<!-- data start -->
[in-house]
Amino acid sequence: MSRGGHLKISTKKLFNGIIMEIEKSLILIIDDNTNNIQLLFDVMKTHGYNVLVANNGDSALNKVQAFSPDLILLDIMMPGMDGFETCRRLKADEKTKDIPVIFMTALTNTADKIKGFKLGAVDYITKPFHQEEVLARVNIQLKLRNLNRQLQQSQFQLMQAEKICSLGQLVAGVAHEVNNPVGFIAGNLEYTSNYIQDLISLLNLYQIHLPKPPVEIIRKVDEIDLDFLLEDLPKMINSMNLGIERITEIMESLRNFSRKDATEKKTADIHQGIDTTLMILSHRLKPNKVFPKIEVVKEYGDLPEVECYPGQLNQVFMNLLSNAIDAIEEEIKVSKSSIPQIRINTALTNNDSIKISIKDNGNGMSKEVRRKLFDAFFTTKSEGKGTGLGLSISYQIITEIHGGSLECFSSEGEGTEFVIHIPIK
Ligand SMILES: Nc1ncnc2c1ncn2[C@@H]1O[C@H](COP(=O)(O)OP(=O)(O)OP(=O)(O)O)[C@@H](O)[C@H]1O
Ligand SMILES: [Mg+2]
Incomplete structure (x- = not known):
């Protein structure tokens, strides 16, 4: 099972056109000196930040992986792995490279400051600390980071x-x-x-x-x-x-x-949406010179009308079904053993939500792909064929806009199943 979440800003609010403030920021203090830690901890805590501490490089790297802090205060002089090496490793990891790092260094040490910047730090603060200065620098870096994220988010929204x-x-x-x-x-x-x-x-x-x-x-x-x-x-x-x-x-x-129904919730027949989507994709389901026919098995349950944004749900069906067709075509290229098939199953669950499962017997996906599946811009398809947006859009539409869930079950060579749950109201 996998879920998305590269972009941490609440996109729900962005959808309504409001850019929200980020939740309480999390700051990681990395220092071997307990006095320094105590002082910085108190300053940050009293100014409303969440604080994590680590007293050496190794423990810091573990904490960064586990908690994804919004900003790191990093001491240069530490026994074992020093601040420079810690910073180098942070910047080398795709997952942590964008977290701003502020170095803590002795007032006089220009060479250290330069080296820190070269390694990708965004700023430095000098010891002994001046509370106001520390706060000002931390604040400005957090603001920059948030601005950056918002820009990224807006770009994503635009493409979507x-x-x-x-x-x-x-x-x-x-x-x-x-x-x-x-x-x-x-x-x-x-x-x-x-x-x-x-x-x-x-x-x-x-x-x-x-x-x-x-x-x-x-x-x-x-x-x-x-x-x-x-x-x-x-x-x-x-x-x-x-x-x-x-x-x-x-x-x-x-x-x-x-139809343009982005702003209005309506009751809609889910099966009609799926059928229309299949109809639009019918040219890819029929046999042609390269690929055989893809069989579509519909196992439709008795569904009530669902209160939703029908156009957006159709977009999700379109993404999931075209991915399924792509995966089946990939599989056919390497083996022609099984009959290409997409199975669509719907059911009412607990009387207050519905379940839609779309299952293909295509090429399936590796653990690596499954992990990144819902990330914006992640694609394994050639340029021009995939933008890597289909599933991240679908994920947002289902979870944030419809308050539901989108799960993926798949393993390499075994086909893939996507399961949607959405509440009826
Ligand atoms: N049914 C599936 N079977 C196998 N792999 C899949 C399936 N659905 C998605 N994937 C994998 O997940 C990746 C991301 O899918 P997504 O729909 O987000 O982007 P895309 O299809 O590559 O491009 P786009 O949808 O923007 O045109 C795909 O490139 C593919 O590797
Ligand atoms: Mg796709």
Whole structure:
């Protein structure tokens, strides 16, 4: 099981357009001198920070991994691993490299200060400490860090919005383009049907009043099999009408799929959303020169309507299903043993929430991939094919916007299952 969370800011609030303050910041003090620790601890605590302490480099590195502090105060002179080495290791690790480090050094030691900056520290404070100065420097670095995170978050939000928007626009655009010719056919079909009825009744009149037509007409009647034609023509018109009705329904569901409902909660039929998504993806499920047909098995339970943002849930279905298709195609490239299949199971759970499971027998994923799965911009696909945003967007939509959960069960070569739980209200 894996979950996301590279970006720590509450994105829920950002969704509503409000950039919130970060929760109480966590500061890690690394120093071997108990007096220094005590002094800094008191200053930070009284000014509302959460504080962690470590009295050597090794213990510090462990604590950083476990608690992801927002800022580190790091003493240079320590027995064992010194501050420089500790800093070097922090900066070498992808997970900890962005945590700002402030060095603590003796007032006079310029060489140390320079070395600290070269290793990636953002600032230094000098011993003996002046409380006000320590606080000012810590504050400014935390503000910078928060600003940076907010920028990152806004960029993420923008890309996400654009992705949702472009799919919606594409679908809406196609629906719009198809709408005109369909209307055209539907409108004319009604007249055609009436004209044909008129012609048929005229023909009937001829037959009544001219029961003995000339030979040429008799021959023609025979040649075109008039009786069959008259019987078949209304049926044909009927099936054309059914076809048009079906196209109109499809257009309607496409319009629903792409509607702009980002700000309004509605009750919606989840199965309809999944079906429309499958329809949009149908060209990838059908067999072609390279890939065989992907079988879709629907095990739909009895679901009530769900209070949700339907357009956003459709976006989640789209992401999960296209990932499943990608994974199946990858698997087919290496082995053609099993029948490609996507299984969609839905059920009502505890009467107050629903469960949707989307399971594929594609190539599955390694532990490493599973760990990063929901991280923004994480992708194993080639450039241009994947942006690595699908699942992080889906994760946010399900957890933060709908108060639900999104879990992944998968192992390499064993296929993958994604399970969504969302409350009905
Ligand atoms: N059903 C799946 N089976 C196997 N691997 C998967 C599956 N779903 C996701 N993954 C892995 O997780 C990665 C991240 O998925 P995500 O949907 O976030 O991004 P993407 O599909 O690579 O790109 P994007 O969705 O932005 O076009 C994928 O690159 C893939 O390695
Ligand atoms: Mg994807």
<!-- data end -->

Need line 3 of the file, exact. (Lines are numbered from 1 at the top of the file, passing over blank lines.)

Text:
Ligand SMILES: Nc1ncnc2c1ncn2[C@@H]1O[C@H](COP(=O)(O)OP(=O)(O)OP(=O)(O)O)[C@@H](O)[C@H]1O